|To-Scale Switches and Slips (part.1), by Dr. Norbert Aust (Switchdoc)
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||Posted Sun May 04 2003 3:09pm
... and here we go (finally) ...
1) Laying traffic bearing tracks
As you may have realised, I had some difficulty giving names to this kind of track, that we place first. Now let us see what is meant.
Fig.01 shows the first track that is placed on the ground and - if we are doing our layout to model a railwayline existing in reality - aligned to the measurements of a map. This one here will be the mainline leading through the station.
North to it we want a second mainline track bearing the traffic in the opposing direction, spaced 4 m from the first (as is standard in central European railways). Then we will place the next one spaced 5 meters, in this siding freight trains are to wait while faster trains are passing. It is set with some increased spacing to allow railwaymen to inspect the consist without too much risk of accidents. To the south of the first track we will place a siding for loading, spaced 8 meters from the first for safety reasons as well.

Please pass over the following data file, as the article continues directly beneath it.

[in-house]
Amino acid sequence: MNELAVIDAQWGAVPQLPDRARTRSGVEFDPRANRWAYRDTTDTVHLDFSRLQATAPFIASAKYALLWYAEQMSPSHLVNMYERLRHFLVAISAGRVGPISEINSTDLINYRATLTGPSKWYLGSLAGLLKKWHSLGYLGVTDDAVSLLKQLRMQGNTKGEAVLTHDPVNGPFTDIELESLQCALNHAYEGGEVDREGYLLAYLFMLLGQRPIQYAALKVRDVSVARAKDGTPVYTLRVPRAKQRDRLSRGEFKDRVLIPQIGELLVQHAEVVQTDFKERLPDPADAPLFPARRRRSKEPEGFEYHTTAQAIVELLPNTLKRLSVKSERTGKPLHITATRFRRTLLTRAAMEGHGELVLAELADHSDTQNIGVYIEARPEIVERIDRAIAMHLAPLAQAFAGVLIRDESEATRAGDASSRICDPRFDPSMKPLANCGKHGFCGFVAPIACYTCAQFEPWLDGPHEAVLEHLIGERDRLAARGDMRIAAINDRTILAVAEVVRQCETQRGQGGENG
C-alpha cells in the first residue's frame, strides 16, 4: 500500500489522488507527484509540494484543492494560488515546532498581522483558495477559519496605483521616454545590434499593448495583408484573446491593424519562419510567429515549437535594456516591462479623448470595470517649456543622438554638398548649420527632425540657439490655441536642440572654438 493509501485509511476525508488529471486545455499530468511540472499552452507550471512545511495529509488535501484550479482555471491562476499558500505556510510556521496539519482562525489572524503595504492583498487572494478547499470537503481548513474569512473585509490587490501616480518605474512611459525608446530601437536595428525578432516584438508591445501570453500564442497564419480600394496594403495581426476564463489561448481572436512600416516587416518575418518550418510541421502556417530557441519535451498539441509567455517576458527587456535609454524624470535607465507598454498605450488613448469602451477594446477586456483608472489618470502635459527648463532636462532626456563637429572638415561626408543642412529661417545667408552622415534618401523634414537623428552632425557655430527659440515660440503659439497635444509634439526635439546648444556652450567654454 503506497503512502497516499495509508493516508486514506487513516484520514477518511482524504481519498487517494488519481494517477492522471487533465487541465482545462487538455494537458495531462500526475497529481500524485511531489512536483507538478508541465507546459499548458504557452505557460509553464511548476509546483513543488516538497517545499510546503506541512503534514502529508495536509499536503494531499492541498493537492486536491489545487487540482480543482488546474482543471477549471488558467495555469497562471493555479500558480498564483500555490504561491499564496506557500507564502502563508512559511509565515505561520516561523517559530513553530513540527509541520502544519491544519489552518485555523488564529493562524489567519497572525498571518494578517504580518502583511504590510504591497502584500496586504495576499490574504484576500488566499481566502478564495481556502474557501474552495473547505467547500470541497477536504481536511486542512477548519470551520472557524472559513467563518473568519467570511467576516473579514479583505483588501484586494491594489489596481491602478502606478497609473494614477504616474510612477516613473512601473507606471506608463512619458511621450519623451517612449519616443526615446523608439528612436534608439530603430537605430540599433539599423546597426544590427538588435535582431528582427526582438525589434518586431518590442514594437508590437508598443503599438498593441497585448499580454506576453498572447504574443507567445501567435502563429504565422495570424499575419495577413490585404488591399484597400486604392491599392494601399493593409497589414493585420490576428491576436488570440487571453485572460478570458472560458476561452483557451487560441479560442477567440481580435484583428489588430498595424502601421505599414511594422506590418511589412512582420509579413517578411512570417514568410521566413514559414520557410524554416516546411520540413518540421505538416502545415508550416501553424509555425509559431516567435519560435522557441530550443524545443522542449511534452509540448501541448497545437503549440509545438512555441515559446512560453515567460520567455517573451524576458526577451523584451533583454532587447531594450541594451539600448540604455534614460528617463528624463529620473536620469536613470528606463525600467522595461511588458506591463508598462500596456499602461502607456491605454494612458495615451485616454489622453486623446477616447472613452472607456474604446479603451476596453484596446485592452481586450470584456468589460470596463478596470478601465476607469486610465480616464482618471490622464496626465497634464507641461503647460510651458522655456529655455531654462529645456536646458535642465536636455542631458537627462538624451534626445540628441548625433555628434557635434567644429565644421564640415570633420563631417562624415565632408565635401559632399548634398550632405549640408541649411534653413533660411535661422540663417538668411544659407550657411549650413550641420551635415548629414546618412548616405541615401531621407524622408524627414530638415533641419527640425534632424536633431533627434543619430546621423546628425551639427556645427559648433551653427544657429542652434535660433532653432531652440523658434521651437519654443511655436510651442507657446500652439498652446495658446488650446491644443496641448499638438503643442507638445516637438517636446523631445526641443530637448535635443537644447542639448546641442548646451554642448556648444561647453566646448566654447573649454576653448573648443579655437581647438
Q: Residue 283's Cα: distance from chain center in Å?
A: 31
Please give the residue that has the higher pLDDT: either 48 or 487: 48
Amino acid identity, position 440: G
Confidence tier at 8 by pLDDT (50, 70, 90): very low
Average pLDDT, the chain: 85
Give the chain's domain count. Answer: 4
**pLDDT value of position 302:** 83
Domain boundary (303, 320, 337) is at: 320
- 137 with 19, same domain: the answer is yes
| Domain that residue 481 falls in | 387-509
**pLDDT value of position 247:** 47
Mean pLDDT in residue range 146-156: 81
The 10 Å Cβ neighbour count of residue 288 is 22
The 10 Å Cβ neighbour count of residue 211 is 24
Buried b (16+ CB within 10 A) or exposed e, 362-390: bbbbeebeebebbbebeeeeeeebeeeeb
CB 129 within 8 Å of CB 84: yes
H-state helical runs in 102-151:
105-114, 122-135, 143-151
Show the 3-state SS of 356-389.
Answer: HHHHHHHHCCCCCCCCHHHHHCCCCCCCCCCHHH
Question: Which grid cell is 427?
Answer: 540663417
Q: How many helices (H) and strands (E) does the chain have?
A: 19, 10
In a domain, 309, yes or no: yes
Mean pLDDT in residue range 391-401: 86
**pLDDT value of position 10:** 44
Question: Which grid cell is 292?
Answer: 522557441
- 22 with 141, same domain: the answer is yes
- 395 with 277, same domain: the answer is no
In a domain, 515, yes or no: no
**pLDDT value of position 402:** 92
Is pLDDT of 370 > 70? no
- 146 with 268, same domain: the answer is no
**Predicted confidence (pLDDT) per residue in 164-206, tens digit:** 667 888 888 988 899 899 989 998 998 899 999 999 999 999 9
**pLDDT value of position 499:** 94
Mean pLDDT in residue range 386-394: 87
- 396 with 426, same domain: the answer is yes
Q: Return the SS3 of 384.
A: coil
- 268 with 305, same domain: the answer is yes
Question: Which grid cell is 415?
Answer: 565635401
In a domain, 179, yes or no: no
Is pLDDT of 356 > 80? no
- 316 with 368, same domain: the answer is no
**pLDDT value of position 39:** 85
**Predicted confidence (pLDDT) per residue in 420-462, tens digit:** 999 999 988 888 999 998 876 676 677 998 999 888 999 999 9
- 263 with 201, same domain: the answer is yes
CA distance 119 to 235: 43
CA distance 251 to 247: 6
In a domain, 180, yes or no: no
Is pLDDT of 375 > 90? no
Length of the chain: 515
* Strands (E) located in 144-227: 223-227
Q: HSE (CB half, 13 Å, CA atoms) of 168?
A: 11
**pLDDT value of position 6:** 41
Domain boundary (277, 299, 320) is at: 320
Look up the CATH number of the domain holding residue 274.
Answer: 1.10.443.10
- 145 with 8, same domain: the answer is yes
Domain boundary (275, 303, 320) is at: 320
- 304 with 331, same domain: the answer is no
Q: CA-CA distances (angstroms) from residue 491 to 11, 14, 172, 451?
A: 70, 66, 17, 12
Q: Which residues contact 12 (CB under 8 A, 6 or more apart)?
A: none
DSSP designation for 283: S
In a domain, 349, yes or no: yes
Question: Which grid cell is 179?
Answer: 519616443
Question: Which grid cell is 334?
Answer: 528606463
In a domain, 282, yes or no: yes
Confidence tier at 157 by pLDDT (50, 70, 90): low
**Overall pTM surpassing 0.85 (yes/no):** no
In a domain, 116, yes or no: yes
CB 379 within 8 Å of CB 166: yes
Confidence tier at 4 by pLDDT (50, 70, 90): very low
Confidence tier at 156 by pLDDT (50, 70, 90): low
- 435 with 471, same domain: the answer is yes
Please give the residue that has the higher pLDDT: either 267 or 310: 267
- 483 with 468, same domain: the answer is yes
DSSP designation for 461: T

Some remark on spacing the tracks:
To my experience it is accurate enough to adjust track spacings using the circles indicating the splinepoints. I guess nobody operating a Trainz map does so with a ruler or a yardstick in hand. Fig.02 shows the different positions:
- 4 meters: circle of splinepoint just so does not touch the rail of the neighboring track
- 5 meters: circles of splinepoints of two neighboring tracks merge
- 8 meters: spacing by auxiliary piece of track, circles touches both rails
(without picture: 9 meters: auxiliary circle clearing rail on one side, merging with circle on the other, 10 meters: merging circles on both sides of auxiliary track).